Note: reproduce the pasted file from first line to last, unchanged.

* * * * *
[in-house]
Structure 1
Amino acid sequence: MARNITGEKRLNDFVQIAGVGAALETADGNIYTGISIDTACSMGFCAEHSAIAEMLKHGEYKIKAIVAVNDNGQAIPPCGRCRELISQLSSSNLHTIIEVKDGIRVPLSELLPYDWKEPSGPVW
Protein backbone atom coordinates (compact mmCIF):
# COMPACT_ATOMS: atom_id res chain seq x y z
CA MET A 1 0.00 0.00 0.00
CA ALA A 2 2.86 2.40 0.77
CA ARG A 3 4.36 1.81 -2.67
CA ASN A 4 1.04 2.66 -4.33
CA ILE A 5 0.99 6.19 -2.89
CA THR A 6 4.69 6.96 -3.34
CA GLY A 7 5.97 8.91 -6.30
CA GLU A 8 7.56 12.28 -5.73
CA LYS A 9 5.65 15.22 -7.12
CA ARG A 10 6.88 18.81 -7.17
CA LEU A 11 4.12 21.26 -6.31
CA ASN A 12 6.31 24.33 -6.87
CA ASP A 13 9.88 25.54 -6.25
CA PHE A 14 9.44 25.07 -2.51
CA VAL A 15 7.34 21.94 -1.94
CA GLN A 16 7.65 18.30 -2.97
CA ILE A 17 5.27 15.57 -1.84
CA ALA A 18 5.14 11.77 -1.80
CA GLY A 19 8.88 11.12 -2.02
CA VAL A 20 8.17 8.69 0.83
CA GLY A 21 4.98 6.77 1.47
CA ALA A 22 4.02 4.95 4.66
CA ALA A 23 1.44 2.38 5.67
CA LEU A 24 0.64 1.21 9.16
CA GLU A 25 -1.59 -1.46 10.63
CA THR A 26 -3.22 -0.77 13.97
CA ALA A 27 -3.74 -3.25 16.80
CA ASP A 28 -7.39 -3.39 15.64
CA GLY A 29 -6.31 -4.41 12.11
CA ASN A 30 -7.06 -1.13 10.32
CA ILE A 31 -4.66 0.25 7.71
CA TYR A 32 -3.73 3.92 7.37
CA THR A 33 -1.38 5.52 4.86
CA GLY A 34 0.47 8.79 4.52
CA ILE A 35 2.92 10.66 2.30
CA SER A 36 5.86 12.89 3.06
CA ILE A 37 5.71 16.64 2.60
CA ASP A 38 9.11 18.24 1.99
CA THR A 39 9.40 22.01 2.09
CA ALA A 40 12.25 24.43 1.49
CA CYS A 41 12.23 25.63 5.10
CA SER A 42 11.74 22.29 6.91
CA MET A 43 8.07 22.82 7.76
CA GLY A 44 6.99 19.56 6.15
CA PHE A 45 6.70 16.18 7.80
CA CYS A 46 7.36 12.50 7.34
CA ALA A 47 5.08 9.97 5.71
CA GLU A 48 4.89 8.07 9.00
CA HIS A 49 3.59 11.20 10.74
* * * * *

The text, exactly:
[in-house]
Structure 1
Amino acid sequence: MARNITGEKRLNDFVQIAGVGAALETADGNIYTGISIDTACSMGFCAEHSAIAEMLKHGEYKIKAIVAVNDNGQAIPPCGRCRELISQLSSSNLHTIIEVKDGIRVPLSELLPYDWKEPSGPVW
Protein backbone atom coordinates (compact mmCIF):
# COMPACT_ATOMS: atom_id res chain seq x y z
CA MET A 1 0.00 0.00 0.00
CA ALA A 2 2.86 2.40 0.77
CA ARG A 3 4.36 1.81 -2.67
CA ASN A 4 1.04 2.66 -4.33
CA ILE A 5 0.99 6.19 -2.89
CA THR A 6 4.69 6.96 -3.34
CA GLY A 7 5.97 8.91 -6.30
CA GLU A 8 7.56 12.28 -5.73
CA LYS A 9 5.65 15.22 -7.12
CA ARG A 10 6.88 18.81 -7.17
CA LEU A 11 4.12 21.26 -6.31
CA ASN A 12 6.31 24.33 -6.87
CA ASP A 13 9.88 25.54 -6.25
CA PHE A 14 9.44 25.07 -2.51
CA VAL A 15 7.34 21.94 -1.94
CA GLN A 16 7.65 18.30 -2.97
CA ILE A 17 5.27 15.57 -1.84
CA ALA A 18 5.14 11.77 -1.80
CA GLY A 19 8.88 11.12 -2.02
CA VAL A 20 8.17 8.69 0.83
CA GLY A 21 4.98 6.77 1.47
CA ALA A 22 4.02 4.95 4.66
CA ALA A 23 1.44 2.38 5.67
CA LEU A 24 0.64 1.21 9.16
CA GLU A 25 -1.59 -1.46 10.63
CA THR A 26 -3.22 -0.77 13.97
CA ALA A 27 -3.74 -3.25 16.80
CA ASP A 28 -7.39 -3.39 15.64
CA GLY A 29 -6.31 -4.41 12.11
CA ASN A 30 -7.06 -1.13 10.32
CA ILE A 31 -4.66 0.25 7.71
CA TYR A 32 -3.73 3.92 7.37
CA THR A 33 -1.38 5.52 4.86
CA GLY A 34 0.47 8.79 4.52
CA ILE A 35 2.92 10.66 2.30
CA SER A 36 5.86 12.89 3.06
CA ILE A 37 5.71 16.64 2.60
CA ASP A 38 9.11 18.24 1.99
CA THR A 39 9.40 22.01 2.09
CA ALA A 40 12.25 24.43 1.49
CA CYS A 41 12.23 25.63 5.10
CA SER A 42 11.74 22.29 6.91
CA MET A 43 8.07 22.82 7.76
CA GLY A 44 6.99 19.56 6.15
CA PHE A 45 6.70 16.18 7.80
CA CYS A 46 7.36 12.50 7.34
CA ALA A 47 5.08 9.97 5.71
CA GLU A 48 4.89 8.07 9.00
CA HIS A 49 3.59 11.20 10.74